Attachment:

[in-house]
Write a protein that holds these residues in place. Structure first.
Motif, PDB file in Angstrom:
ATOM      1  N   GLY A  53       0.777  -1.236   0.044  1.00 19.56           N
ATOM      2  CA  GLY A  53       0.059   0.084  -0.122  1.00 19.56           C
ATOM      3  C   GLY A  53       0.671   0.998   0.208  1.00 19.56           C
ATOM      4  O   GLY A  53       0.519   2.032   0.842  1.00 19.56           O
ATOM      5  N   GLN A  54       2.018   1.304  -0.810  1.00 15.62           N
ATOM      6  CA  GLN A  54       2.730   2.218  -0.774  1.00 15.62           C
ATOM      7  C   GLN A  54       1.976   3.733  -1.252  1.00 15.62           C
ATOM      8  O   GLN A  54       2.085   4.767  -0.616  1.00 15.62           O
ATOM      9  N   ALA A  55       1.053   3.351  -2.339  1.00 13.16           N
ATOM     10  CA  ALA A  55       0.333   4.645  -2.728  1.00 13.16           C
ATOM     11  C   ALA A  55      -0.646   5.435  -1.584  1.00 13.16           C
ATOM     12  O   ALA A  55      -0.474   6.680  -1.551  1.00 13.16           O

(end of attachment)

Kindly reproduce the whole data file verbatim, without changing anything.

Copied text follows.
[in-house]
Write a protein that holds these residues in place. Structure first.
Motif, PDB file in Angstrom:
ATOM      1  N   GLY A  53       0.777  -1.236   0.044  1.00 19.56           N
ATOM      2  CA  GLY A  53       0.059   0.084  -0.122  1.00 19.56           C
ATOM      3  C   GLY A  53       0.671   0.998   0.208  1.00 19.56           C
ATOM      4  O   GLY A  53       0.519   2.032   0.842  1.00 19.56           O
ATOM      5  N   GLN A  54       2.018   1.304  -0.810  1.00 15.62           N
ATOM      6  CA  GLN A  54       2.730   2.218  -0.774  1.00 15.62           C
ATOM      7  C   GLN A  54       1.976   3.733  -1.252  1.00 15.62           C
ATOM      8  O   GLN A  54       2.085   4.767  -0.616  1.00 15.62           O
ATOM      9  N   ALA A  55       1.053   3.351  -2.339  1.00 13.16           N
ATOM     10  CA  ALA A  55       0.333   4.645  -2.728  1.00 13.16           C
ATOM     11  C   ALA A  55      -0.646   5.435  -1.584  1.00 13.16           C
ATOM     12  O   ALA A  55      -0.474   6.680  -1.551  1.00 13.16           O